Point limits and SWC
Infinity games are usually played with between 150 and 300 points. 150 is good for unexperienced players, while 200 and 250 are popular for games that allow players to play most aspects of the game while being a bit quicker to play (and requiring less miniatures) than a full 300 points game. Additionally, the points limit also defines how many points of SWC (support weapon cost, for heavy weapons, hackers, etc.) you may spend – you get one point of SWC for each 50 points, so a full 300 point game allows for 6 SWC to be spent.
The points and SWC limit will of course have an impact on the units you can and want to take in your list. At 200 points, playing with a 100-point TAG is probably not as good an idea as in a 300 point game, where you have more room left for support and order generators.
One of the basic principles of Infinity is that every regular unit generates an order that can be spent on activating each unit (multiple times, if desired) in the same combat group. This makes it very important to have a sufficient number of units, as a cheap unit generates an order that may be used by an expensive (more powerful) unit. This is why every list should include a number of basic, cheap units (“cheerleaders”) that provide orders for the more powerful guys. These can of course serve a purpose in combat, too, as there are no “useless” units in Infinity. When playing a sectorial, these basic units are often applicable for forming a fireteam, which provides a number of bonuses (see below). So every list probably wants to include three or more of these units. They often also come with a lieutenant option, which is a good way of hiding and protecting your lieutenant.
Your list should also include some units that are powerful and can take out enemy units. These are the more expensive units that you will spend most of your orders on. Don’t forget that these will be a prime target for your opponent, so make sure that you provide them with enough support to prevent your opponent from taking them out easily on his active turn.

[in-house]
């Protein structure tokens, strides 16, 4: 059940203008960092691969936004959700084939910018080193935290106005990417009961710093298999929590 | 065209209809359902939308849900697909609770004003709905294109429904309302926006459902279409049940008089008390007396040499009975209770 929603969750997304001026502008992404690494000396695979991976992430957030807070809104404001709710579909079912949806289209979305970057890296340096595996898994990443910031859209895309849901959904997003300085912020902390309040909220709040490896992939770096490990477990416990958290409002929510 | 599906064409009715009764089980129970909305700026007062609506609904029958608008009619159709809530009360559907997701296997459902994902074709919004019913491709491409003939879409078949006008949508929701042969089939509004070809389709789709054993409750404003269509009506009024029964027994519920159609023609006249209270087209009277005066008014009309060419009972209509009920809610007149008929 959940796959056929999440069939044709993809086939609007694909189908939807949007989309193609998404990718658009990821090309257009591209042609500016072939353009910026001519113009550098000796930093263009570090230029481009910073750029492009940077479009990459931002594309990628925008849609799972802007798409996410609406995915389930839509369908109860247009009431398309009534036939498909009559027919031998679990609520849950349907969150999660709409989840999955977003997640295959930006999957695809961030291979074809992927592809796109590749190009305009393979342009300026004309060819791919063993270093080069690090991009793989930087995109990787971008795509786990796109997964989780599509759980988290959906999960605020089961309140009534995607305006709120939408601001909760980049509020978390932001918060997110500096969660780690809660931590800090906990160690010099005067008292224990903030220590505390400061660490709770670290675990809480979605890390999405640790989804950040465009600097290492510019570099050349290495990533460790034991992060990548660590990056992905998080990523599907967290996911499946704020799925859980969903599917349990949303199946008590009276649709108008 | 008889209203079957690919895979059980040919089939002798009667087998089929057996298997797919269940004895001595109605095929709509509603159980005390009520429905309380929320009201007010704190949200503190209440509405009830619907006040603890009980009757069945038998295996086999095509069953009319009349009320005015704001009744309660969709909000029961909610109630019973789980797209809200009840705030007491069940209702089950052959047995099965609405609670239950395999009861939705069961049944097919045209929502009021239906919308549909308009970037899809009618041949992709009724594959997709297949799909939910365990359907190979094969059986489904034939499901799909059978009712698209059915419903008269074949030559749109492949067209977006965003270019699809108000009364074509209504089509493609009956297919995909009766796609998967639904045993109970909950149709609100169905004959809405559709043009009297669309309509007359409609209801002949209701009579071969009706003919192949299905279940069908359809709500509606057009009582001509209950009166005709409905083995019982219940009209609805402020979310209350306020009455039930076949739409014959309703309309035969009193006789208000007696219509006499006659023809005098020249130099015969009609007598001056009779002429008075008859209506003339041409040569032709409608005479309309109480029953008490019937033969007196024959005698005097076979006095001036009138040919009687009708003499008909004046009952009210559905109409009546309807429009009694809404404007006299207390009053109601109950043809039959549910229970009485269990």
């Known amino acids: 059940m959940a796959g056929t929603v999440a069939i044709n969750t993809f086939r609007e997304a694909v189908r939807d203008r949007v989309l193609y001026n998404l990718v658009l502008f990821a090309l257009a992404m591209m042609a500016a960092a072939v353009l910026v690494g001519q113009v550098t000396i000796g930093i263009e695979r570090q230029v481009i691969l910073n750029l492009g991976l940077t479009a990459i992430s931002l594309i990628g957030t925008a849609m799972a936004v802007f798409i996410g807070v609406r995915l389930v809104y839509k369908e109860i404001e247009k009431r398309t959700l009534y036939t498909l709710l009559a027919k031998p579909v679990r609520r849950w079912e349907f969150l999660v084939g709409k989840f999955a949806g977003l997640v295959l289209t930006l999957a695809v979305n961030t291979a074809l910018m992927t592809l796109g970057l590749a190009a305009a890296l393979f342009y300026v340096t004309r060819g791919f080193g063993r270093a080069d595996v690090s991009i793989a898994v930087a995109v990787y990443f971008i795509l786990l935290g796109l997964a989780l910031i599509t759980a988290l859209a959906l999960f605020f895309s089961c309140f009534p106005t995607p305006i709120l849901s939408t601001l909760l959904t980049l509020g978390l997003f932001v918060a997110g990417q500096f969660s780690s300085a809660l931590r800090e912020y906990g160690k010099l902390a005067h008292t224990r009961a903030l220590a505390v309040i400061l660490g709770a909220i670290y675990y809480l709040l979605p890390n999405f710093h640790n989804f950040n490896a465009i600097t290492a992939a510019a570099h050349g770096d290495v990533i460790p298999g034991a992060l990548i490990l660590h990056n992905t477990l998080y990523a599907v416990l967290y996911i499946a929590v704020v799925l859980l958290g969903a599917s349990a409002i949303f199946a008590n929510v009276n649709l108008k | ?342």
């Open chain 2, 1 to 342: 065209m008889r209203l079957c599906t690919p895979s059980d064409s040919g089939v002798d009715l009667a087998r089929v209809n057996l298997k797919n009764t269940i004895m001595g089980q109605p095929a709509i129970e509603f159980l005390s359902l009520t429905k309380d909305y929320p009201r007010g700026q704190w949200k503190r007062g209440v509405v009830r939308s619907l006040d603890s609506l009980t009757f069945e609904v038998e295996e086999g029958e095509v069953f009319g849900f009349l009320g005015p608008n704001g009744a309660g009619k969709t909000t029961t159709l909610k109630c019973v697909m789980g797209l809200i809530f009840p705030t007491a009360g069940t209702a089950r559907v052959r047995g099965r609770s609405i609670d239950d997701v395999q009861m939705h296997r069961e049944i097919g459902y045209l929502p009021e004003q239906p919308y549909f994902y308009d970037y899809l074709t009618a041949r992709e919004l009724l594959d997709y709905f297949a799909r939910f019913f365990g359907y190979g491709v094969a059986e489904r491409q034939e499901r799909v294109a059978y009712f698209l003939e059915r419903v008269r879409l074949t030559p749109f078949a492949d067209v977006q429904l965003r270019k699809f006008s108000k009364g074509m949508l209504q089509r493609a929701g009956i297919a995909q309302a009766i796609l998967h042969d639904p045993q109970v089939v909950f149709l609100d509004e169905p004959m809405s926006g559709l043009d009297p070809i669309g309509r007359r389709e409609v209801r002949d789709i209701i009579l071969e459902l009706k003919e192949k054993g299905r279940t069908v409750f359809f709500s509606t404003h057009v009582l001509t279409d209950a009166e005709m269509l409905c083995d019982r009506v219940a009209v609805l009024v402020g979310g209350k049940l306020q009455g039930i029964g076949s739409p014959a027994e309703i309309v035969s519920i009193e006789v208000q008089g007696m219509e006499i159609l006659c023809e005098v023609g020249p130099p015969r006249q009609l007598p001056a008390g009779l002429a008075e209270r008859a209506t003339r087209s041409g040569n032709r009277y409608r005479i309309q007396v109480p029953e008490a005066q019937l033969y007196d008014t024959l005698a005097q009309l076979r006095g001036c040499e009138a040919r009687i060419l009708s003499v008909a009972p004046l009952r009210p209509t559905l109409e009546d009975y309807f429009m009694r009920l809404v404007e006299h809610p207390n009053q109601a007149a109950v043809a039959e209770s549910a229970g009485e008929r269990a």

Infinity is objective based. Only specialists can interact with objectives, so be sure to bring a variety. Hackers, doctors, paramedics, engineers, and forward observers count as specialists, as do units with the “Special operative” characteristic. Most missions have certain bonuses for some specialist types, so be sure to take those into account when preparing your list. Some objectives (don’t forget classified objectives) also require equipment such as D-Charges that are only available on certain units. It thus never hurts to have a large number of specialists, and a few points left can often be spent to upgrade a simple trooper to a forward observer or paramedic who might come in handy.
Specialists do of course also serve the purpose one would more readily associate them with: doctors, paramedics, and engineers can heal/repair your units. Forward observers can tag units for indirect fire. Hackers are a course a sub-game of their own, being able to attack enemy units and defend and support your own.
There are a few nasty surprises that your opponent might bring to the table. Infiltrators, airborne deployment troopers, and forward observers spotting for indirect fire units have to be taken into account during setup and game play. Smoke and camouflage can be prepared for during list building. If you know in advance that your opponent will bring lots of camo, investing in Multispectral Visors and units with Sensor probably won’t hurt. Likewise, smoke can be a good way to deal with long-range total reaction units that are difficult to approach and take out otherwise. There’s usually a recipe for every threat, being prepared for the right ones is the trick.
Sectorials and fireteams
Picking a sectorial list to build your army from means not only that you’ve got different units (and availability numbers) to choose from, but also the possibility to make use of fireteams. These bring a number of benefits (activation of all troopers in a fireteam with a single order, burst and BS bonuses, among others), but also a loss of flexibility, as all troopers will have to perform the same action and drop out of the fireteam when going into suppressive fire. Nevertheless, a five-man Fireteam: Core is probably present in most Sectorial lists and a solid foundation to build on.